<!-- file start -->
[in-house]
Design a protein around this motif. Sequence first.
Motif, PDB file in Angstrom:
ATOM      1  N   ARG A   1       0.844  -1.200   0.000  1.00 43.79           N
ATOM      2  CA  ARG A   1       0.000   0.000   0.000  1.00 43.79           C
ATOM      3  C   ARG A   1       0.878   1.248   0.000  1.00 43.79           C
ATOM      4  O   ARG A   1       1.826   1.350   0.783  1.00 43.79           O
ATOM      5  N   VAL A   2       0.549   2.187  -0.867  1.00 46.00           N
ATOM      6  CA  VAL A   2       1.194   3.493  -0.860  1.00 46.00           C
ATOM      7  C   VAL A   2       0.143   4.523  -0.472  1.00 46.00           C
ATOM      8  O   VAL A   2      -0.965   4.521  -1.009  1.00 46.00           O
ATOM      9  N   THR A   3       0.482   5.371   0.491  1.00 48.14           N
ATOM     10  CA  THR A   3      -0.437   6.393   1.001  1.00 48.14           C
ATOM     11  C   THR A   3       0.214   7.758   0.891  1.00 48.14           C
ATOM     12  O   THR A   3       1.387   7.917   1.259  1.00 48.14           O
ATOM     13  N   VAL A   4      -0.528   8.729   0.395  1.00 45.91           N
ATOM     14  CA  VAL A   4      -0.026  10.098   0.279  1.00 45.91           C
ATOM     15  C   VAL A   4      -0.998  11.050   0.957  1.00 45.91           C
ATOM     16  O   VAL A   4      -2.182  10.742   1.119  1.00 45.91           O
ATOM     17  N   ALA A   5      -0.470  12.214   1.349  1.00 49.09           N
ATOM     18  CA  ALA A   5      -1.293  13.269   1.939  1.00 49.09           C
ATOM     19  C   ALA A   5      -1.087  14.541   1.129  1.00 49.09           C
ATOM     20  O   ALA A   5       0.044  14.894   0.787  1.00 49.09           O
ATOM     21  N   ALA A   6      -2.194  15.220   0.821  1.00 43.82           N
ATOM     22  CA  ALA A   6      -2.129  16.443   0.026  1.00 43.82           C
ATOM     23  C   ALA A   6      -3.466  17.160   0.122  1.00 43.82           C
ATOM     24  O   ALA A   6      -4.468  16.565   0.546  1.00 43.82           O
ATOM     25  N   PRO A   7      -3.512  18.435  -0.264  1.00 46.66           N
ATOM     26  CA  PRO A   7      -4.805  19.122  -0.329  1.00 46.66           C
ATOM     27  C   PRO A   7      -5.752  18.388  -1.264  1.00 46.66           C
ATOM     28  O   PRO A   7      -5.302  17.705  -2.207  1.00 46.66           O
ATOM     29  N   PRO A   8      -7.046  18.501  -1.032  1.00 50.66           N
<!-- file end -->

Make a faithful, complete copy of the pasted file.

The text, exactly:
[in-house]
Design a protein around this motif. Sequence first.
Motif, PDB file in Angstrom:
ATOM      1  N   ARG A   1       0.844  -1.200   0.000  1.00 43.79           N
ATOM      2  CA  ARG A   1       0.000   0.000   0.000  1.00 43.79           C
ATOM      3  C   ARG A   1       0.878   1.248   0.000  1.00 43.79           C
ATOM      4  O   ARG A   1       1.826   1.350   0.783  1.00 43.79           O
ATOM      5  N   VAL A   2       0.549   2.187  -0.867  1.00 46.00           N
ATOM      6  CA  VAL A   2       1.194   3.493  -0.860  1.00 46.00           C
ATOM      7  C   VAL A   2       0.143   4.523  -0.472  1.00 46.00           C
ATOM      8  O   VAL A   2      -0.965   4.521  -1.009  1.00 46.00           O
ATOM      9  N   THR A   3       0.482   5.371   0.491  1.00 48.14           N
ATOM     10  CA  THR A   3      -0.437   6.393   1.001  1.00 48.14           C
ATOM     11  C   THR A   3       0.214   7.758   0.891  1.00 48.14           C
ATOM     12  O   THR A   3       1.387   7.917   1.259  1.00 48.14           O
ATOM     13  N   VAL A   4      -0.528   8.729   0.395  1.00 45.91           N
ATOM     14  CA  VAL A   4      -0.026  10.098   0.279  1.00 45.91           C
ATOM     15  C   VAL A   4      -0.998  11.050   0.957  1.00 45.91           C
ATOM     16  O   VAL A   4      -2.182  10.742   1.119  1.00 45.91           O
ATOM     17  N   ALA A   5      -0.470  12.214   1.349  1.00 49.09           N
ATOM     18  CA  ALA A   5      -1.293  13.269   1.939  1.00 49.09           C
ATOM     19  C   ALA A   5      -1.087  14.541   1.129  1.00 49.09           C
ATOM     20  O   ALA A   5       0.044  14.894   0.787  1.00 49.09           O
ATOM     21  N   ALA A   6      -2.194  15.220   0.821  1.00 43.82           N
ATOM     22  CA  ALA A   6      -2.129  16.443   0.026  1.00 43.82           C
ATOM     23  C   ALA A   6      -3.466  17.160   0.122  1.00 43.82           C
ATOM     24  O   ALA A   6      -4.468  16.565   0.546  1.00 43.82           O
ATOM     25  N   PRO A   7      -3.512  18.435  -0.264  1.00 46.66           N
ATOM     26  CA  PRO A   7      -4.805  19.122  -0.329  1.00 46.66           C
ATOM     27  C   PRO A   7      -5.752  18.388  -1.264  1.00 46.66           C
ATOM     28  O   PRO A   7      -5.302  17.705  -2.207  1.00 46.66           O
ATOM     29  N   PRO A   8      -7.046  18.501  -1.032  1.00 50.66           N